A medium-sized heron, being 63-68 cm (25-28 in.) in length with a wingspan of 95-105 cm (37-41 in.). The white underbelly in all plumages, in combination with a dark breast, is unique among the herons and can assist in identification. The broken white line down the foreneck can appear similar to the great blue heron. Tricolor herons have an extremely long bill, yellow in juveniles and during the winter, turning blue with a dark tip during breeding season, typically February through July in North America. Legs are yellow, turning pinkish-red when in breeding plumage, which includes white head plumes and long buffy plumes on the back. Neck is russet in immature birds, slaty-blue in all adults.
Requiring a wetland habitat, Egretta tricolor is listed as a species of special concern in Florida and a number of other states. Previously called the Louisiana heron, they were historically populous in Louisiana but have suffered from extensive wetlands loss in that area. Significant nesting populations exist in the Tampa Bay and Cape Canaveral areas, and this species will benefit greatly from Everglades restoration.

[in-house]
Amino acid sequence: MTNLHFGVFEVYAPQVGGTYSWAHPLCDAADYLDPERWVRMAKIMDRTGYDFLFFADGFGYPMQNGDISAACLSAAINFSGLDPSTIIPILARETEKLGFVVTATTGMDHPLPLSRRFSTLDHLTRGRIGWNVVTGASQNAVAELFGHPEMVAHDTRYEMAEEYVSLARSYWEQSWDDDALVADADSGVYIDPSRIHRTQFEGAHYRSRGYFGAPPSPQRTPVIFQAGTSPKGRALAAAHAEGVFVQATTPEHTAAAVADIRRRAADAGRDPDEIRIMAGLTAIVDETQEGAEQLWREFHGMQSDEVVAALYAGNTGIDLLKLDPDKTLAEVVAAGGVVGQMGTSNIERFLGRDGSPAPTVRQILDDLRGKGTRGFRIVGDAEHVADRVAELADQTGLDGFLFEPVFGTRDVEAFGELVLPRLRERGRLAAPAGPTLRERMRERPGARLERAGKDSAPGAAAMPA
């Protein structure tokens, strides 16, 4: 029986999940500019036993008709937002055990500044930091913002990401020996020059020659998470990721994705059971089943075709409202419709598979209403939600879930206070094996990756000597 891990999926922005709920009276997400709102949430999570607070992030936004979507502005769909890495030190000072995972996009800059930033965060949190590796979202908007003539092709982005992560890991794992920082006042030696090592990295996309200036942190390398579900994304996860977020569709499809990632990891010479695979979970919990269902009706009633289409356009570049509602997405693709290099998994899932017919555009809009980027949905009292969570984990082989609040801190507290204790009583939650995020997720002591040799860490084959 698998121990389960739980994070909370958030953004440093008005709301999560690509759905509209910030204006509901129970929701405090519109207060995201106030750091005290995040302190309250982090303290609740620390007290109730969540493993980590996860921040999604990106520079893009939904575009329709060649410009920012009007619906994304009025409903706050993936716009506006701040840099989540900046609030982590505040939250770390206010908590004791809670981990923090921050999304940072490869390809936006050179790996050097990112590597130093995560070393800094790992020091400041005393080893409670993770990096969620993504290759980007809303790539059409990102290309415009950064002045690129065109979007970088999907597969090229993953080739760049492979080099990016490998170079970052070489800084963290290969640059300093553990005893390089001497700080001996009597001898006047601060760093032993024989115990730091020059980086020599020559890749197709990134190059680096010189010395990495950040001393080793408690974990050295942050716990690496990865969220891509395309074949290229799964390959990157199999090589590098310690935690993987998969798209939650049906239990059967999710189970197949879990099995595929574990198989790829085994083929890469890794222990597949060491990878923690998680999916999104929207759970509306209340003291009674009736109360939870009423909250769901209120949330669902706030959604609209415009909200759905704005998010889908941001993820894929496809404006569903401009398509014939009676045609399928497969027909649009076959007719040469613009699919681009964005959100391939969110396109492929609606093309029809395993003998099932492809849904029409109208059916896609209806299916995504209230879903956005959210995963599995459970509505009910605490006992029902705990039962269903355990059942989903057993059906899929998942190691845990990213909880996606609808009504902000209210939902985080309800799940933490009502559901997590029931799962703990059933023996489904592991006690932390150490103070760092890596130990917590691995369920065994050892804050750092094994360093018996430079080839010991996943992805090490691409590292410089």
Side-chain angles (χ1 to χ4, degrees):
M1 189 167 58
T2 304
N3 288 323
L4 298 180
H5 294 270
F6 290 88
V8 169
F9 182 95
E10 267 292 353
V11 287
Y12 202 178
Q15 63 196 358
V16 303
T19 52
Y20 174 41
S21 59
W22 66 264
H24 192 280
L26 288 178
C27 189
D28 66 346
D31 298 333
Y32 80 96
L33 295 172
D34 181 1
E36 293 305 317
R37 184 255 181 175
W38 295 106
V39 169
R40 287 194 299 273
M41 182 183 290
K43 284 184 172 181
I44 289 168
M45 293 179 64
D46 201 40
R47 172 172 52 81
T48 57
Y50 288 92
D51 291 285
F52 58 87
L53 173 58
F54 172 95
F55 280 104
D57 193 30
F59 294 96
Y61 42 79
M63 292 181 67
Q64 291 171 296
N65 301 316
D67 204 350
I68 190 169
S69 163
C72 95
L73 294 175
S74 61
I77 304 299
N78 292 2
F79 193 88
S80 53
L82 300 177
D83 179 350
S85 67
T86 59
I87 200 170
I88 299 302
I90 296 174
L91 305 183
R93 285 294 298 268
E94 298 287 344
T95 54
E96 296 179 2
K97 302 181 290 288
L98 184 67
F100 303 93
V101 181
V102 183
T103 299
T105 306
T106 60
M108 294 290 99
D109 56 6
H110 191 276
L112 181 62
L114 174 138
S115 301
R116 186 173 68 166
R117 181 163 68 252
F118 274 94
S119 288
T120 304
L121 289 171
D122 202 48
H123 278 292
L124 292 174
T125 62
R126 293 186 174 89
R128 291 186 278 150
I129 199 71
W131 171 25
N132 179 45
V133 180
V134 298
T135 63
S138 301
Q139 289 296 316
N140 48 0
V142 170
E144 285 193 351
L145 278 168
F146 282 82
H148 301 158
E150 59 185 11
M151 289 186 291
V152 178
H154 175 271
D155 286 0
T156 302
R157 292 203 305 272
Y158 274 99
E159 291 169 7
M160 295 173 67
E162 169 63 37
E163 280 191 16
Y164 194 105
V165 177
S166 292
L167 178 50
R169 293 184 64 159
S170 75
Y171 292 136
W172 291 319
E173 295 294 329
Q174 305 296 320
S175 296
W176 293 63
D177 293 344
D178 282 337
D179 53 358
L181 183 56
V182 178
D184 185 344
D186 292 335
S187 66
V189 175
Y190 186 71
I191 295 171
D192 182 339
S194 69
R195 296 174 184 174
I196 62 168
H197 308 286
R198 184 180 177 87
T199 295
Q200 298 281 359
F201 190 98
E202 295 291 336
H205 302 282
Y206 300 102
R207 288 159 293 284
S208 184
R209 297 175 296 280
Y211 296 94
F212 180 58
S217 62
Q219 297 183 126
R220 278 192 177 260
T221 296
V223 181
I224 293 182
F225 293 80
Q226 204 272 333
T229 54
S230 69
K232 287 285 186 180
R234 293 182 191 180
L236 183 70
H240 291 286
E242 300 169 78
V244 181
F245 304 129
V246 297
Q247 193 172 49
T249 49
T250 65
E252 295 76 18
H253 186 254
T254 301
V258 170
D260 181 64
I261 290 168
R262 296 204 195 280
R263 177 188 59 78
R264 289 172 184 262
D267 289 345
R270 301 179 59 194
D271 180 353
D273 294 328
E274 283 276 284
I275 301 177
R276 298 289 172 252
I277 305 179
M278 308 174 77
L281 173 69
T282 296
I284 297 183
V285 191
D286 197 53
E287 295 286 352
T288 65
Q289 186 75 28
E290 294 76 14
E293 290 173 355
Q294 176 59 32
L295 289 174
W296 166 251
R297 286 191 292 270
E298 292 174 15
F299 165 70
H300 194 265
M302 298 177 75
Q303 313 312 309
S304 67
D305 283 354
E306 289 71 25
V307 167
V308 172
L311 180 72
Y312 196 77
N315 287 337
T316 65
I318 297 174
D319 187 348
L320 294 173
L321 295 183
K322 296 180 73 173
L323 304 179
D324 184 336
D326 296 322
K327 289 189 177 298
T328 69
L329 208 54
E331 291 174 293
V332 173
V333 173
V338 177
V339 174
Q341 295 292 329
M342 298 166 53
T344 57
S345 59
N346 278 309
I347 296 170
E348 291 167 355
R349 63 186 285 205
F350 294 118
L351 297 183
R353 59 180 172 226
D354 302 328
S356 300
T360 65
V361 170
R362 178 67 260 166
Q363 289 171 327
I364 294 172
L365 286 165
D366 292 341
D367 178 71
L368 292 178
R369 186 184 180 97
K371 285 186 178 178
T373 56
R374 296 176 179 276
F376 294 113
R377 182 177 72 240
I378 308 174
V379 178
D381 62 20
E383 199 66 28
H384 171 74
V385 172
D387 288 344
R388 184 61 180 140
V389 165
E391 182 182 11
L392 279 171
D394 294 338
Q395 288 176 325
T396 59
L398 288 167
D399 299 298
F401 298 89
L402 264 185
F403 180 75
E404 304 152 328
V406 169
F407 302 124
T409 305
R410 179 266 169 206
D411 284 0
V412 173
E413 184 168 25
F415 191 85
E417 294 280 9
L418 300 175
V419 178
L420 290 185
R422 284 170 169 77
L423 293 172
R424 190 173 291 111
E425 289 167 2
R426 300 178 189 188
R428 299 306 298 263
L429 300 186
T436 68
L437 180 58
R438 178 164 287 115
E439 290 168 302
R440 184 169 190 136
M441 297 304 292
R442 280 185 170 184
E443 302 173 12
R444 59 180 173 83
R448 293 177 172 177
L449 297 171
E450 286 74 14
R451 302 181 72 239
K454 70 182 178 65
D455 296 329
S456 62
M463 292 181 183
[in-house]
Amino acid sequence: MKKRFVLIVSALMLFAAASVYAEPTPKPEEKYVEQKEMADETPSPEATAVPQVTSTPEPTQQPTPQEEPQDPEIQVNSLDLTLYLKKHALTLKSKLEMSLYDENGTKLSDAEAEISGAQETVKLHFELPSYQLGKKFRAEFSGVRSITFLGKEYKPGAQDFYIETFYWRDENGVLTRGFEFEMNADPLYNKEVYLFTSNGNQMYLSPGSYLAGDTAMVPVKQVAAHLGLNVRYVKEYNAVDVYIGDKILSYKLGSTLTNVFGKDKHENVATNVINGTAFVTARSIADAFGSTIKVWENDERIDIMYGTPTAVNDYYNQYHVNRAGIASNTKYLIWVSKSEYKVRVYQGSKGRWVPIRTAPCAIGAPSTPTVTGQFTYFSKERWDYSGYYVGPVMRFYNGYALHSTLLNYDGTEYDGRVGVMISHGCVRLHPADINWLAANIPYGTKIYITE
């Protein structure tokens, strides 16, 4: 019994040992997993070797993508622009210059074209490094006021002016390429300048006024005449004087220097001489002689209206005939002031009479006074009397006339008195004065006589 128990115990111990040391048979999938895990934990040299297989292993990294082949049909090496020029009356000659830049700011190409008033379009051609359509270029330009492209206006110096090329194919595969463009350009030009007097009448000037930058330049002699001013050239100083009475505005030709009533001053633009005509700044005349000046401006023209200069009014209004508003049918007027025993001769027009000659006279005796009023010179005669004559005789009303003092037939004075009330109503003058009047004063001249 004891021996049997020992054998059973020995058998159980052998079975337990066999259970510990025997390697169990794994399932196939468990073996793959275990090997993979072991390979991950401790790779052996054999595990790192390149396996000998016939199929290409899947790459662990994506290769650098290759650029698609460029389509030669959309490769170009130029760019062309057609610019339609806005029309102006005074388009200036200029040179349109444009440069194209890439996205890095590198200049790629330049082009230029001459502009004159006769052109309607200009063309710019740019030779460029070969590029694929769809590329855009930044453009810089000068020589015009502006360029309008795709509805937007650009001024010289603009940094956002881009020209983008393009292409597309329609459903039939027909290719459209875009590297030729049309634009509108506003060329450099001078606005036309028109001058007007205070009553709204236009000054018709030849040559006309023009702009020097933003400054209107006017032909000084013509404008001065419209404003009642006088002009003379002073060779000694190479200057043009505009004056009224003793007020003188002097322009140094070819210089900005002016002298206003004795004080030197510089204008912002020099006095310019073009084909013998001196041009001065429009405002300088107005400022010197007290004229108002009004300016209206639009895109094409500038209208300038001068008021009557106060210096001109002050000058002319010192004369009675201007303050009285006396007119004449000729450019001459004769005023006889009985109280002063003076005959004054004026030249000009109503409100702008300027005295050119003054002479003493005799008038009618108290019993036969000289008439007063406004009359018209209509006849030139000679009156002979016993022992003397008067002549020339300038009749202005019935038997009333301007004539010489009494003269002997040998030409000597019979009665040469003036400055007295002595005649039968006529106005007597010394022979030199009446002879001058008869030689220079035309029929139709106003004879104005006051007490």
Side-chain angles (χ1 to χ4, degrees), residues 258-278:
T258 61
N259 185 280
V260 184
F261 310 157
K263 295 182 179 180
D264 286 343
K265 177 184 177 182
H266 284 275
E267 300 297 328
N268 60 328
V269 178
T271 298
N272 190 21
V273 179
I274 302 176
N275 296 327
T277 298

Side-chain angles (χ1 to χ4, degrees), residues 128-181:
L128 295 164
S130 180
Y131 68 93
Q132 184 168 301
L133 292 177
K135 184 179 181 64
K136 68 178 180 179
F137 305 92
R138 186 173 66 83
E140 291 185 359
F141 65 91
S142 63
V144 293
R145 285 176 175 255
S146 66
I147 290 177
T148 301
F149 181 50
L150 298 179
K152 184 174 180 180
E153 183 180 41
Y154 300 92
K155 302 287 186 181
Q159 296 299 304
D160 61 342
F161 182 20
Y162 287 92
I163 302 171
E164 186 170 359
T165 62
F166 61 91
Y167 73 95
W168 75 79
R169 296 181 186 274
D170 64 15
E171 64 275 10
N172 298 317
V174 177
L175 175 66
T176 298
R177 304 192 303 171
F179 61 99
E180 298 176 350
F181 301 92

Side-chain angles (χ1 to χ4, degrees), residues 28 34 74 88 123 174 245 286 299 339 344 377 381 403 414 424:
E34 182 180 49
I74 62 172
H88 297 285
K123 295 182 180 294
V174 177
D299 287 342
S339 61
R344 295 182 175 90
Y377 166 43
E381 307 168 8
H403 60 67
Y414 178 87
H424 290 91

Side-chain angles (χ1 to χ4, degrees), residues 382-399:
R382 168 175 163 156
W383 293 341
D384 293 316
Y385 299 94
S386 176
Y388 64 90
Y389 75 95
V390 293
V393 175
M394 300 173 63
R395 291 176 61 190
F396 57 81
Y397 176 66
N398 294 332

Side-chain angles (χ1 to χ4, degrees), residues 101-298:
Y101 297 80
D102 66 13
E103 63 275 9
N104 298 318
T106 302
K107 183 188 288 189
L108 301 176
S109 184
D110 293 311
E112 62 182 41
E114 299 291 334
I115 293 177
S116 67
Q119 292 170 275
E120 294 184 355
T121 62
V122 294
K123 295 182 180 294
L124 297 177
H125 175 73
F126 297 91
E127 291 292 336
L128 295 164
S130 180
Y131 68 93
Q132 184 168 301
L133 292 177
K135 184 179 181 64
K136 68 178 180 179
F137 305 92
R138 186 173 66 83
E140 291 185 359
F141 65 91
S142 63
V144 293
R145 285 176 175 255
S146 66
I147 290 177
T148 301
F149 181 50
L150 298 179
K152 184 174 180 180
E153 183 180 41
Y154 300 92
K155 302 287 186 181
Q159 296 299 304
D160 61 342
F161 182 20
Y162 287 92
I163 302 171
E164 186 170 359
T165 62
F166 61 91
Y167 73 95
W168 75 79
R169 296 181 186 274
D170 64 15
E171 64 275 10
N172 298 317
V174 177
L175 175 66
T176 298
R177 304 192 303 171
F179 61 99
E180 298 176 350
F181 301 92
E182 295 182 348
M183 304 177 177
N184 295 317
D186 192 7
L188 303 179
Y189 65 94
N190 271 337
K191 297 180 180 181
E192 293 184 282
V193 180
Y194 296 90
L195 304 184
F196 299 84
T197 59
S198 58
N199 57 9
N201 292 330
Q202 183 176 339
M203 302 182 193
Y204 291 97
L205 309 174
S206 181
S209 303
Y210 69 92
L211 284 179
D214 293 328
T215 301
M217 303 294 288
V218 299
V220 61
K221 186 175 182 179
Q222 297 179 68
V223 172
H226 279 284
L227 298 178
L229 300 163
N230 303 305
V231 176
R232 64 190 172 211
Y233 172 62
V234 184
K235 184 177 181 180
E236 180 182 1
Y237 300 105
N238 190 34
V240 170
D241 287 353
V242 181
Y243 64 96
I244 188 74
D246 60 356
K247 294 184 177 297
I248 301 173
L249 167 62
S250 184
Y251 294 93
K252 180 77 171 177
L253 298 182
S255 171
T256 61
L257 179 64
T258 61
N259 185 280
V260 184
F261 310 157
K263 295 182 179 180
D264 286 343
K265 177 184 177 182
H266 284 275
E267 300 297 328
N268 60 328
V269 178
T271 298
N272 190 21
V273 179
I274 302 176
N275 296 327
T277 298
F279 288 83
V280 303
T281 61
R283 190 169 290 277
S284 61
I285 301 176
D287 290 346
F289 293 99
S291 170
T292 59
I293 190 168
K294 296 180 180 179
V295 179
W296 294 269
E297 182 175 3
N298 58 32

A whitetop pitcherplant seen Memorial Day weekend in Tate's Hell State Forest.
A frequent pitcherplant of bogs, seepage slopes, wet prairies, and acid swamps from Leon & Franklin Counties west through much of the panhandle.
The range extends into Mississippi, Alabama and Georgia, plus North Carolina.
The erect pitchers are green on the lower part and white on the upper portion with red reticulate markings. The hood margin is undulate, or wavy. The flowers are pink to dark red, have 5 sepals and petals, unbrella-like styles and appear at the end of tall stalks.
I spent two different days kayaking near each end of the Rodman Reservoir during this winter's drawdown. In March I paddled downstream from the Eureka bridge to Cannon Springs. In January I launched from the temporary Kenwood Landing ramp closer to the dam where I made this photograph of the exposed dead tree stumps and their reflections in the lowered lake water.